Authors: Kevin Fitzgibbon, William Whelan-Curtin, Chinna Devarapu, Patricia Loren, Colin O’Sullivan and Ian Aherne, June 2021
The Innovative Water Monitoring project aimed to create an additional innovative sensing system for real-time detection of water quality parameters, to support the existing water quality monitoring policies, programmes and requirements under the Water Framework Directive, the Bathing Water Quality legislation, etc. It has demonstrated the ability to detect two such parameters, nitrates and Escherichia coli (E. coli), using the system.
Authors: Raymond Flynn, Francis Mackin and Florence Renou-Wilson, June 2021
Blanket bogs are common in many areas of Ireland, contributing to our most iconic landscapes. However, although they cover approximately 13% of the country, natural processes sustaining blanket bogs remain poorly understood. This research aimed to better understand blanket bog hydrology through a 3-year programme in which researchers monitored the flow and water quality in streams draining Irish blanket bogs that are relatively intact.
Authors: Eugene Farrell, Mary Bourke, Tiernan Henry, Gesche Kindermann, Kevin Lynch, Terry Morley, Barry O’Dwyer, John O’Sullivan and Jonathan Turner, June 2021
This research is a series of field experiments that measured patterns in the sediment and water pathways in the Golden Strand catchment, Achill Island, County Mayo. The results show that climate changes (storminess, temperature, precipitation) impacts are site specific and require long-term, multi-disciplinary field monitoring programmes (geomorphology; ecology; hydrology) to capture local specificity and environmental variability.
Authors: Richard Boyle, Joanna O’Riordan, Fergal O’Leary and Laura Shannon, May 2021
This report examines lessons learned from the water governance arrangements put in place for the River Basin Management Plan (RBMP) 2018–2021 for Ireland through the lens of experimental governance. The study finds that the three-tier governance structure is appropriate and should be continued. However, there is still room for improvement in the area of adapting and improving the operation of the existing arrangements.
Authors: Joanna O’Riordan, Richard Boyle, Fergal O’Leary and Laura Shannon, May 2021
This report assesses water governance in Ireland using the Water Governance Indicator Framework, a tool developed by the Organisation for Economic Cooperation and Development (OECD) in 2018 to assist countries in assessing their progress towards the European Union’s Water Framework Directive.
Authors: Patrick Bresnihan, Arielle Hesse and James Merricks White, January 2021
The quality of many of Ireland’s freshwater sources is declining, impacting in turn the quality and affordability of Ireland’s drinking water services. This project examines the history and development of the group water scheme sector, identifying how and why it has been successful in providing essential water services to rural Ireland, and providing several key findings that have implications beyond the rural water sector.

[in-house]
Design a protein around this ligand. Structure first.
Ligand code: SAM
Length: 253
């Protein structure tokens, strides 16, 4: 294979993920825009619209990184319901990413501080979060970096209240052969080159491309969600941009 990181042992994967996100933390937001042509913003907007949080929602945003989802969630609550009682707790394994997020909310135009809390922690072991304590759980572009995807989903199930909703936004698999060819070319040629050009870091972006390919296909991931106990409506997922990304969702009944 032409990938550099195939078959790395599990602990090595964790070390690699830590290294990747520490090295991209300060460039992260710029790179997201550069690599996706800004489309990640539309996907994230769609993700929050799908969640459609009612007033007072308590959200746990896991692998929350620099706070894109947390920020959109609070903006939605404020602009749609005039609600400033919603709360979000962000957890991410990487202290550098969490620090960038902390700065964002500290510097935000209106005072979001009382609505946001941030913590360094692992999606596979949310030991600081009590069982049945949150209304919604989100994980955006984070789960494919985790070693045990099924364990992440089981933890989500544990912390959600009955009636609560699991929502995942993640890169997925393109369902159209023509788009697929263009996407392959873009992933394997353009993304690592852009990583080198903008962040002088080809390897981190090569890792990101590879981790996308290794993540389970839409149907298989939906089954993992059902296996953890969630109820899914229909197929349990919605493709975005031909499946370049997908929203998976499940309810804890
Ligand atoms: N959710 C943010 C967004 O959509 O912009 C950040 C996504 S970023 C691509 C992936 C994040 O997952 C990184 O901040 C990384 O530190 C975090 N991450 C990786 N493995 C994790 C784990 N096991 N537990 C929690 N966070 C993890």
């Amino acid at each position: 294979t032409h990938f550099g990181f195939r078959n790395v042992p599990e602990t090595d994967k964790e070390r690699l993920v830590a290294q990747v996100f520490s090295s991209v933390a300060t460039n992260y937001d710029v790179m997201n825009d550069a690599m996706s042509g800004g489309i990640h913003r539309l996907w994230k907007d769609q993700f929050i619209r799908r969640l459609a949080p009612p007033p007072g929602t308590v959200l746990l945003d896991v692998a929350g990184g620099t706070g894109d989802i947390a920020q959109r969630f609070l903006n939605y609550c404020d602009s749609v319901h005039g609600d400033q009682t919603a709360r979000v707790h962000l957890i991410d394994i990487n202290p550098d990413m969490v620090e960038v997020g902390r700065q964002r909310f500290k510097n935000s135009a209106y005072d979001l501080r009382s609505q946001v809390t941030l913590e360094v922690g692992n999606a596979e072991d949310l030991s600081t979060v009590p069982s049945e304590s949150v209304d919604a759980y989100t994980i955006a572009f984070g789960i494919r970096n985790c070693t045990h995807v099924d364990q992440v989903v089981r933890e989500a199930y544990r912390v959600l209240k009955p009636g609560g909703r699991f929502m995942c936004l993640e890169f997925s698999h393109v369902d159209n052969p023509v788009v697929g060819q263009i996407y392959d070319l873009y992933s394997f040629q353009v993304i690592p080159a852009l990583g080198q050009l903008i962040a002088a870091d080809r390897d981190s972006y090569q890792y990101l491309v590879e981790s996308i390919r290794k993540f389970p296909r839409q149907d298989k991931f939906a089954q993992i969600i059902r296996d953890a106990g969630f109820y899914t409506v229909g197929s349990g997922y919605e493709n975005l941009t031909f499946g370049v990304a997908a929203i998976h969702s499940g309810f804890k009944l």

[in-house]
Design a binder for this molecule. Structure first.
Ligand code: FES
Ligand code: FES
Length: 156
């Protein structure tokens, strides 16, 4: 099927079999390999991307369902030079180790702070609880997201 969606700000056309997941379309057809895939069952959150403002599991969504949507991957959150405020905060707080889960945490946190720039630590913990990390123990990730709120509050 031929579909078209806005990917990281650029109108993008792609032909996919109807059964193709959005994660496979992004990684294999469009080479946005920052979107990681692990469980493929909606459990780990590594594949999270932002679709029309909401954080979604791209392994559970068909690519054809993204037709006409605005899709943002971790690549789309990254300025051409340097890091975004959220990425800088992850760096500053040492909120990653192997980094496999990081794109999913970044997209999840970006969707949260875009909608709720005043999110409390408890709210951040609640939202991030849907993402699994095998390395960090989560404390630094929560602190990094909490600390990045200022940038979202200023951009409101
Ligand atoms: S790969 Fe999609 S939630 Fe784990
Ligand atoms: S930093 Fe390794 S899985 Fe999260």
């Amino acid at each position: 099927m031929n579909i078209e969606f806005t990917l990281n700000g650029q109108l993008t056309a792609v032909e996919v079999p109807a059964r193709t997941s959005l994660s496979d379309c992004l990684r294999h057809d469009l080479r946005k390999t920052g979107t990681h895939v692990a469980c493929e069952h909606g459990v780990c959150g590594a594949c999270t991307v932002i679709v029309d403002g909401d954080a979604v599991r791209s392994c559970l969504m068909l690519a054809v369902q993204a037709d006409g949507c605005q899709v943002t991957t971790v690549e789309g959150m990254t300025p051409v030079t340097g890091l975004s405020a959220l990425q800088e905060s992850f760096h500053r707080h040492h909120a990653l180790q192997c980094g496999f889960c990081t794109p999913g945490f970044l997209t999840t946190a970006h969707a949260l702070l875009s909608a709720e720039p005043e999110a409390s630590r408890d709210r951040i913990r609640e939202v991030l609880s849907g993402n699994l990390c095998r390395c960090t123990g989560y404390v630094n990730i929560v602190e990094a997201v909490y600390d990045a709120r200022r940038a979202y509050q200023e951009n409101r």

Authors: Joseph V. McGovern, Stephen Nash and Michael Hartnett, December 2020
In this project three Irish estuaries were modelled with the aim of quantifying the impact on water quality of existing nutrient loading from direct and diffuse inputs. Recommendations on the necessary nutrient load reductions to improve estuarine water quality and the appropriate pressure to target in nutrient load reductions for the three systems studied are provided.
Authors: Alan O’Riordan, Michael Nolan, Pierre Lovera, Julio Gutiérrez Moreno, Robert Daly and Benjamin O’Sullivan, November 2020
One important challenge in the 21st century is the ability to provide a clean and pollutant-free source of water. This project aimed to develop electrochemical and optical-based sensors for detection of organic contaminants (herbicides) and heavy metals. This research has shed light on the potential for the development and optimisation of novel environmental sensors and anti-biofouling strategies.
Authors: Yunhong Shi, Dunzhu Li, Laurence Gill, Bruce Misstear, Ian O’Donohue and Liwen Xiao, November 2020
Vartry Reservoir is a very important drinking water source in Ireland. This project collected and analysed historical water quality and ecology data from 2016 to 2018 and a series of laboratory experiments were carried out to investigate the causes of diatom blooms to identify the pressures. The study also monitored nutrient levels in both the feeding rivers and the reservoir.
Authors: Heather Lally, Ian O’Connor, Liam Broderick, Mark Broderick, Olaf Jensen and Conor Graham, September 2020
Water sampling remains a key component in the monitoring and assessment of aquatic environments. Sampling requiring the use of a boat can lead to issues around accessibility, particularly at remote lakes where there may be a lack of a slipway. This research has successfully demonstrated that water chemistry data collected using drone water sampling methods are not statistically different from those produced by boat sampling.
Authors: Daire Ó hUallacháin, Eleanor Jennings, Patricia Antunes, Stuart Green, Paul Kilgarriff, Suzanne Linnane, Paul O’Callaghan, Matt O’Sullivan, Fiona Regan, Mary Ryan and Mary Kelly-Quinn, July 2020
Loss of pollutants from grassland systems to water bodies is a significant threat to water quality and represents one of the main environmental problems facing agri-ecosystems in Ireland. This project evaluated existing literature and generated temporal and spatial data on the environmental impact of cattle exclusion measures.